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Neon Tommy - Annenberg digital news

Gov. Brown Signs Bike Lane Bills

Michael Nystrom |
September 24, 2014 | 12:54 p.m. PDT


Ballona Creek Bike Path (Michael Nystrom/Neon Tommy)
Ballona Creek Bike Path (Michael Nystrom/Neon Tommy)

California Governor Jerry Brown signed two bills Saturday designed to improve the bike path infrastructure throughout California, following the increasing national protected bike lane trend.

The first bill, written by Senator Mark DeSaulnier (D-Concord), gives communities the option of funding bike path improvements in their area. Each district can increase the motor vehicle surcharge up to $5, pending a two-thirds voter approval.

“SB 1183 will help local communities improve bikeways and trail networks in an effort to alleviate congestion,” Senator DeSaulnier said. “Offering more low-emission options for commuters should be a major transportation goal for our state. Upgrading bike infrastructure will help public safety, the environment, and the quality of life in cities across California.”

The motor vehicle surcharge would help maintain and improve existing trails, and provide funds to construct and increase trail connectivity.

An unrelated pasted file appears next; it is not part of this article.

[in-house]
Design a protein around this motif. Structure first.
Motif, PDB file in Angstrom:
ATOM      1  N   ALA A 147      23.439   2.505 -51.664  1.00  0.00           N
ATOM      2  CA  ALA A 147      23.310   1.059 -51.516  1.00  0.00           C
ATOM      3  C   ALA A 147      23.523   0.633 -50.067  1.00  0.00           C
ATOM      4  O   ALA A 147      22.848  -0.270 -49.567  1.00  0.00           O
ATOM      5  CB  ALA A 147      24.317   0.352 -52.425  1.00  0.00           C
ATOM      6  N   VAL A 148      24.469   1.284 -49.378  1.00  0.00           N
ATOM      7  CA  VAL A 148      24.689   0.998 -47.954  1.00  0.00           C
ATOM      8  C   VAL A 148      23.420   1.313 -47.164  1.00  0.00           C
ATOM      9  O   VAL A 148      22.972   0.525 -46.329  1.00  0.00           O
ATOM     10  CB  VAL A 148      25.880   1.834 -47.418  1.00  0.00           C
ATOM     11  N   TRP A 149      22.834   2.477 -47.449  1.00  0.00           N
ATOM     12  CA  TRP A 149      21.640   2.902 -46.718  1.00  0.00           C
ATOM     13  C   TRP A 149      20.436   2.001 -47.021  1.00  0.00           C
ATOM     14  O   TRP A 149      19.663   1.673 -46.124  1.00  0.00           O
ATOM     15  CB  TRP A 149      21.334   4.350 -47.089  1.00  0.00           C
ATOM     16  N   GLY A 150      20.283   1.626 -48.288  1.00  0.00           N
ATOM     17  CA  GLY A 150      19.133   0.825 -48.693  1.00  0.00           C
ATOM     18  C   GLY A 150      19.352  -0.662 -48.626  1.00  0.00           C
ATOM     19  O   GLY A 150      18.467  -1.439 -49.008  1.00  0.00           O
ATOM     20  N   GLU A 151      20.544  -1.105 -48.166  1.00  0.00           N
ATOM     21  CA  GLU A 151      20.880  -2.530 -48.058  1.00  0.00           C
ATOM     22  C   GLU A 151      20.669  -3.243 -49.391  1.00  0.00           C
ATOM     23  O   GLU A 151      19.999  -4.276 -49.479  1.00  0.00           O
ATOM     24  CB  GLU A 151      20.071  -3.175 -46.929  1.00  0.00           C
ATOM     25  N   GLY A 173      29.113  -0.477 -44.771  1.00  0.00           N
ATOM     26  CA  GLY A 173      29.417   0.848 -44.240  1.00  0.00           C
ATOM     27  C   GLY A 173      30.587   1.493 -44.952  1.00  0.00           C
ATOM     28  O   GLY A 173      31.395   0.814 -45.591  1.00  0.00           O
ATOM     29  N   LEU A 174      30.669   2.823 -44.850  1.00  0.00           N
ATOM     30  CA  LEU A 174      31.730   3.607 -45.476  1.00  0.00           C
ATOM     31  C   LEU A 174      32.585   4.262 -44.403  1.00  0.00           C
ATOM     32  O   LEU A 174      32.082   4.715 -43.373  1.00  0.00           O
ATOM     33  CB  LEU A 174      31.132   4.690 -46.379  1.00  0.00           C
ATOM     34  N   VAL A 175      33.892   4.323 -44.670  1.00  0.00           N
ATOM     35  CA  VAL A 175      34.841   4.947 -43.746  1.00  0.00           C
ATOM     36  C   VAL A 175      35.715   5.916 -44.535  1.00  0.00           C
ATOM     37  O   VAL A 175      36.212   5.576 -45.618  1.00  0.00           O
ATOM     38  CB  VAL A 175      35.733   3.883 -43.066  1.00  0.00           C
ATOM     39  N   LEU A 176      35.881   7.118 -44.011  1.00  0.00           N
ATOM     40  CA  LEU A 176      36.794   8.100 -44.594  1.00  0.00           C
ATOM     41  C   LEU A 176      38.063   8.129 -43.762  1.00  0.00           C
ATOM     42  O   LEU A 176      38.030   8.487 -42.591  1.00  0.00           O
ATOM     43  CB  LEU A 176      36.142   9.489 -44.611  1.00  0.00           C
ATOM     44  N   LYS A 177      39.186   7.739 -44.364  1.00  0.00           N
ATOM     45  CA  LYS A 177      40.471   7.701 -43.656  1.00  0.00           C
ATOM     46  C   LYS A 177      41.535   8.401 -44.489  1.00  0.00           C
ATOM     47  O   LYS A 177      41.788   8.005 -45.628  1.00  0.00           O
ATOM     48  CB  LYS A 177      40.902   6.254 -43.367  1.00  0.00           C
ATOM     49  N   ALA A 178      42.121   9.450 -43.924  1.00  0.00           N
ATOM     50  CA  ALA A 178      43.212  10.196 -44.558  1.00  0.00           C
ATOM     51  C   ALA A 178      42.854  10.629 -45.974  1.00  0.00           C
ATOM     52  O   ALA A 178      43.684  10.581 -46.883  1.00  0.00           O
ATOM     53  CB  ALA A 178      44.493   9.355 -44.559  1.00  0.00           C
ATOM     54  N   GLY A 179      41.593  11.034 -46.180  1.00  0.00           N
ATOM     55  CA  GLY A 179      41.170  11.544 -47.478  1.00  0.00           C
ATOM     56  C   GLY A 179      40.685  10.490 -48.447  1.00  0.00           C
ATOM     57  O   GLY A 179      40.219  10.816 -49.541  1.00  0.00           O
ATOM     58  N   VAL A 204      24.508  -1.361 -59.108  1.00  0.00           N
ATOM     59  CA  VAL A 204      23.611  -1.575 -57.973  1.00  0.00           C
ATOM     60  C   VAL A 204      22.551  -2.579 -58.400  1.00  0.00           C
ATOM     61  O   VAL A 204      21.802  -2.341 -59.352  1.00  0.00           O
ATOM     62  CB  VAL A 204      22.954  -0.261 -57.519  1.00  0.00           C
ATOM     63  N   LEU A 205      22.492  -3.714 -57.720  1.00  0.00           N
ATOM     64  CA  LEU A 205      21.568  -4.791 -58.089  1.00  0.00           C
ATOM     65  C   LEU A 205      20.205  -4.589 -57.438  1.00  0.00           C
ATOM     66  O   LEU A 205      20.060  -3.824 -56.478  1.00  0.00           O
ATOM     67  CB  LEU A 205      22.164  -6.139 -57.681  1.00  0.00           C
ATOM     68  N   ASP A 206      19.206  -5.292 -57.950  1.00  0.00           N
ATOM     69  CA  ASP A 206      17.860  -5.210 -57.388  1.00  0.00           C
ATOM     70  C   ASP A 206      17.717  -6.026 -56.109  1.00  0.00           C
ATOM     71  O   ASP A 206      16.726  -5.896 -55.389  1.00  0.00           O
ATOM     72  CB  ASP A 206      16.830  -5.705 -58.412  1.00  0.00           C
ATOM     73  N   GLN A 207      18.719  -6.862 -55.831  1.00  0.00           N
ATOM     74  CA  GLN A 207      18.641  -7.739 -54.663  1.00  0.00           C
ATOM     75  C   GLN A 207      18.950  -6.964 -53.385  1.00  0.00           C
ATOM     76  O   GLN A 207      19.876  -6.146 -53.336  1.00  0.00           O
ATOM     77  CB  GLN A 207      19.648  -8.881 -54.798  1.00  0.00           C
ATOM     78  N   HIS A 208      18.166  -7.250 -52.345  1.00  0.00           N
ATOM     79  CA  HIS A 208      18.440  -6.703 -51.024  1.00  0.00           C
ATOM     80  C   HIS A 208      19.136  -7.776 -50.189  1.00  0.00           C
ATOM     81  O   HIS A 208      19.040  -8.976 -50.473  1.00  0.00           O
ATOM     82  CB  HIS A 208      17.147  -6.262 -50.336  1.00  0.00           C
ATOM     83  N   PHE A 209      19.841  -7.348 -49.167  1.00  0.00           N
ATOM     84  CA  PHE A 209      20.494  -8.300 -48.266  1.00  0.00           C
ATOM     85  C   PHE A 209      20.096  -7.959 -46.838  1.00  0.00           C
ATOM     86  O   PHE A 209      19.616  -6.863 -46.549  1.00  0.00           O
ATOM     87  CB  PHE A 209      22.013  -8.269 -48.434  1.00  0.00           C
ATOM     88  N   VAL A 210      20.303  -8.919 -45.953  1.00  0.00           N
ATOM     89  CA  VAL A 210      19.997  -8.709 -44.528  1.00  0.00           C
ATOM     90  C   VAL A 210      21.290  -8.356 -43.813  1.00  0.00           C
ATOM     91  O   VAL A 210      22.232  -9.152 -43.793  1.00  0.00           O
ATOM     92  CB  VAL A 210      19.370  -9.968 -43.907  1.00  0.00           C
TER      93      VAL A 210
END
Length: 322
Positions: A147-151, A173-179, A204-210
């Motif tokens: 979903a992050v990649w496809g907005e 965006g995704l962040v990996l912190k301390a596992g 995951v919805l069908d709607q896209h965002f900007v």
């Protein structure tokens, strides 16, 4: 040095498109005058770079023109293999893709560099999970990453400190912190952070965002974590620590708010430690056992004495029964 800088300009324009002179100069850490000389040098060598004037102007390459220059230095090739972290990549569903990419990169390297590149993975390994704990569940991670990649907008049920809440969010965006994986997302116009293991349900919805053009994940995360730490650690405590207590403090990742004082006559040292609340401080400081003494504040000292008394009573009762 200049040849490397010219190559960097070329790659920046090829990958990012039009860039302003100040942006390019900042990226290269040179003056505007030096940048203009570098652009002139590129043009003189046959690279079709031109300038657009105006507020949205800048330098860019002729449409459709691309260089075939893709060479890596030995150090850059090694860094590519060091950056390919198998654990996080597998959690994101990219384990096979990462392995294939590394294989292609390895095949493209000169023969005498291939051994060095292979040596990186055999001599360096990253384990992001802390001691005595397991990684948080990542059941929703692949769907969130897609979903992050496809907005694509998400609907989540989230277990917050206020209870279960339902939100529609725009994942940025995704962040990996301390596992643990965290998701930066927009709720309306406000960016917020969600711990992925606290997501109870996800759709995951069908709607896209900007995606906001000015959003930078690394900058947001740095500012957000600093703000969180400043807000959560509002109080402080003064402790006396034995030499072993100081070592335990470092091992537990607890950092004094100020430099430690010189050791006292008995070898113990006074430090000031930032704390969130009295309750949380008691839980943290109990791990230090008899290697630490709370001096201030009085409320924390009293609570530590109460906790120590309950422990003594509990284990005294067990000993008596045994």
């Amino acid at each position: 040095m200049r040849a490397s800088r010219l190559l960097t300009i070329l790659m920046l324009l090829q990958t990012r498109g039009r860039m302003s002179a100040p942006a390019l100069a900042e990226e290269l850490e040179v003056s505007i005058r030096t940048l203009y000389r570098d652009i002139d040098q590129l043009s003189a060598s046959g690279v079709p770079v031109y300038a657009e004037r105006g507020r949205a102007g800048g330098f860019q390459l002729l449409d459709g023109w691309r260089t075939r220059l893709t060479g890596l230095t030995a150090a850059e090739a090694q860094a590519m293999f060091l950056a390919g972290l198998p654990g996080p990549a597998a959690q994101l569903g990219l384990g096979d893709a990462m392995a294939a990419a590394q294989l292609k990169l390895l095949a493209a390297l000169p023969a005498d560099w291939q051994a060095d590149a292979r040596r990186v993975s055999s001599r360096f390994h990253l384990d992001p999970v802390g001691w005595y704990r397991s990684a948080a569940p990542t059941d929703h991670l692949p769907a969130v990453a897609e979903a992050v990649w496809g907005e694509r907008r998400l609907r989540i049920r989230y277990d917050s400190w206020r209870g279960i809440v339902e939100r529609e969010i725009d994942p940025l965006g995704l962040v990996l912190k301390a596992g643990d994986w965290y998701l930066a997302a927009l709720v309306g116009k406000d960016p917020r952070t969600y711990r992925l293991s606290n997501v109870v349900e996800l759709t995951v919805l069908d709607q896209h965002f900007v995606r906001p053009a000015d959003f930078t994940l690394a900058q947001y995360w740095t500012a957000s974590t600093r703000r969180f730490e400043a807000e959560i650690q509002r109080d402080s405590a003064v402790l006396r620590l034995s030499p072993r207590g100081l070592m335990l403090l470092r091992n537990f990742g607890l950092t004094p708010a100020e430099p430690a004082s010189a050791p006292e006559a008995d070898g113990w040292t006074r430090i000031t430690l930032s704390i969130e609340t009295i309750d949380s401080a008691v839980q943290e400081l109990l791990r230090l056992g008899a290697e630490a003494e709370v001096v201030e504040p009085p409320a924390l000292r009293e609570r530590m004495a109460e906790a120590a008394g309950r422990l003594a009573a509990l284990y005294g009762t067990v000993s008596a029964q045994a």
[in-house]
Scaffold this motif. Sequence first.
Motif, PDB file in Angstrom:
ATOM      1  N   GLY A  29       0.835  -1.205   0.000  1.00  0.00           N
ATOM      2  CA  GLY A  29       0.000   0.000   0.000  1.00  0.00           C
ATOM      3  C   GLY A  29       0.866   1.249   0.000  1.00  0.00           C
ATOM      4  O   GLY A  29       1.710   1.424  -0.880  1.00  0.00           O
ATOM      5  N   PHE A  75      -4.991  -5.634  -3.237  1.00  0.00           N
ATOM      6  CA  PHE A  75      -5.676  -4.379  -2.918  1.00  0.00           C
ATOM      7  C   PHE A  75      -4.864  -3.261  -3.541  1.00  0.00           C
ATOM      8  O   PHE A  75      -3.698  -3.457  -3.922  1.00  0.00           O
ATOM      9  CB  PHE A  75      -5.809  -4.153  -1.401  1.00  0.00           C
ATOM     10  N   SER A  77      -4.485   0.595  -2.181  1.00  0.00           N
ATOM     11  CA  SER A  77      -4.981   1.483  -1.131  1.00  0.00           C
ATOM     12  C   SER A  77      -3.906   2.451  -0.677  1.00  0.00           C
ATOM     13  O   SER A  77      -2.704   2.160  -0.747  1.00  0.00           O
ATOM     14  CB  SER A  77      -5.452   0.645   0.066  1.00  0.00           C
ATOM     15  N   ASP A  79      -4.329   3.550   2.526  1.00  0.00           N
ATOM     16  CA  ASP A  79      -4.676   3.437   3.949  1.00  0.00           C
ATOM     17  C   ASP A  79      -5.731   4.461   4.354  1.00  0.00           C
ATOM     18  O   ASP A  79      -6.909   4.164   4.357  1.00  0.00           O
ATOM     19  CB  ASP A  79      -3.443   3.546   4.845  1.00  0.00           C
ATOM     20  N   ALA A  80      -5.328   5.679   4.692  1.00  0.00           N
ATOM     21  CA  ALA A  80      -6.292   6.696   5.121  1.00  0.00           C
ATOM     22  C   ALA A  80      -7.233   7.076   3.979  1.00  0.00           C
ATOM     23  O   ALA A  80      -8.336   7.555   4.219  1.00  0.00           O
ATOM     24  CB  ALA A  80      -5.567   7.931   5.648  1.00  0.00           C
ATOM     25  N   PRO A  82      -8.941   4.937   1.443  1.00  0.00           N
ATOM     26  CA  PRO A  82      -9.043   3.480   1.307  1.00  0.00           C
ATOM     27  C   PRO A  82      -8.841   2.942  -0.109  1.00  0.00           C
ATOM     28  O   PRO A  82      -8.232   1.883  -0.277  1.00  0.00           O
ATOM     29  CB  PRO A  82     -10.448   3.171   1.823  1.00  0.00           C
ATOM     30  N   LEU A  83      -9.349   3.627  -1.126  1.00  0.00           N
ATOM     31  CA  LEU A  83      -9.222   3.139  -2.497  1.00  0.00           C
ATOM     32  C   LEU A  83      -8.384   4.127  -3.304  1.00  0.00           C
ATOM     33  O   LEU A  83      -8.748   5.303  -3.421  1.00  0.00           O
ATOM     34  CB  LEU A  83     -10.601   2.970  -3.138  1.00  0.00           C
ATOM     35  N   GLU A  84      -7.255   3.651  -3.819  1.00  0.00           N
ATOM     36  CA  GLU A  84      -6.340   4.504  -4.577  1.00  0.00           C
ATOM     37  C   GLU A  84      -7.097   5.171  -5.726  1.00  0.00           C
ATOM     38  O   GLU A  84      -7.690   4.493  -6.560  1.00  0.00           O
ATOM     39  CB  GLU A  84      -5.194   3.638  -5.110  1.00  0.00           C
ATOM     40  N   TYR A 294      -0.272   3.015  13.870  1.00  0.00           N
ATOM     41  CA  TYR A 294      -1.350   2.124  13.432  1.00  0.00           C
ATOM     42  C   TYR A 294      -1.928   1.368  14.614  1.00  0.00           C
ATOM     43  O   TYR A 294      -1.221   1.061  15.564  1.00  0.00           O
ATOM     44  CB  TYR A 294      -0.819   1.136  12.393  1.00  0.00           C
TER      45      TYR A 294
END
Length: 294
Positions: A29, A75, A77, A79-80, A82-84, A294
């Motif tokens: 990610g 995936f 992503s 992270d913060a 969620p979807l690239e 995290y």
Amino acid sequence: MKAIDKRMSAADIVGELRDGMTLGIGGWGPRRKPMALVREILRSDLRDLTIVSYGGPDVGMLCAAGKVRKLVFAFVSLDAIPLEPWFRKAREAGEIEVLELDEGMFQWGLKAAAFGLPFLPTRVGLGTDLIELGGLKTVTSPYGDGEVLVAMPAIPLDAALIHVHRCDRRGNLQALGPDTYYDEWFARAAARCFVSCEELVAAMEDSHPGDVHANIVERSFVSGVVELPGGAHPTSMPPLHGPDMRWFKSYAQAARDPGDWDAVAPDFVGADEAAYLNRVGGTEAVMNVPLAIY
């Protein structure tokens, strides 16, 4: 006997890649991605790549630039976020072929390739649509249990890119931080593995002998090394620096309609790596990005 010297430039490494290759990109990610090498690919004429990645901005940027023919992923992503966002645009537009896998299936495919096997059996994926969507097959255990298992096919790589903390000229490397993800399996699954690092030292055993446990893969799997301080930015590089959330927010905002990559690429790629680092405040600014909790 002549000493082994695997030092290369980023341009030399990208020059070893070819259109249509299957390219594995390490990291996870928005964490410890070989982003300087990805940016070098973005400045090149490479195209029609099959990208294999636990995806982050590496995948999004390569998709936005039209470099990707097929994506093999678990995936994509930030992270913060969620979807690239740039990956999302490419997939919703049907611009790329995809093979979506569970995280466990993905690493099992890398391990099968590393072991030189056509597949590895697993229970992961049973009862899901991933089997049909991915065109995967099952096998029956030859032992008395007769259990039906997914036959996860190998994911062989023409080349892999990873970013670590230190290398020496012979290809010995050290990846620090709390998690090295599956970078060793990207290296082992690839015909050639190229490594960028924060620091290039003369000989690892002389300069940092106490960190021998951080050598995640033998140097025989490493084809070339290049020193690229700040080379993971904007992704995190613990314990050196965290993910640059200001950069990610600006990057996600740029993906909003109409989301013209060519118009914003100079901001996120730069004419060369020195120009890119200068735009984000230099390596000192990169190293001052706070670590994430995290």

SEE ALSO: Gov. Jerry Brown Gives California Cyclists Room To Ride

AB 1193, written by Assemblyman Phil Ting (D-San Francisco), will grant local governments the ability to create protected bike lanes called cycle tracks.

Cycle tracks, or Class IV bikeways, are designated exclusively for bikes and are separated from adjacent roadways by “grade separation, flexible posts, inflexible physical barriers, or on-street parking.”

Previously stifled by a tough approval process, CalTrans will establish minimum engineering standards for these lanes.

Protected bike lanes have been increasing nationwide in recent years, and examples in California have supported the trend.

Long Beach constructed protected bike lanes through a section of downtown and found that cycling increased, crash rates decreased and congestion was not affected despite removing a vehicle traffic lane.

The two bills have met widespread support from cyclists.

"As both an avid cyclist and regular driver, I would gladly pay an additional $5 to have better separated bikeways," said Michael Fiecco, member of the SCV Pedaling Posse and Bicycle John's cycling groups. "Perhaps more people will use their bicycle thus creating less automobiles on the road and help reduce the amount of pollution in the air."

Even motorists are encouraging a protected bike lane. 

“I don’t have a problem with cyclists, they have a right to the road too,” said Ikenna Akubuo, a L.A. Yellow Cab taxi driver. “Bike lanes could help make it safer and I’d support it.”

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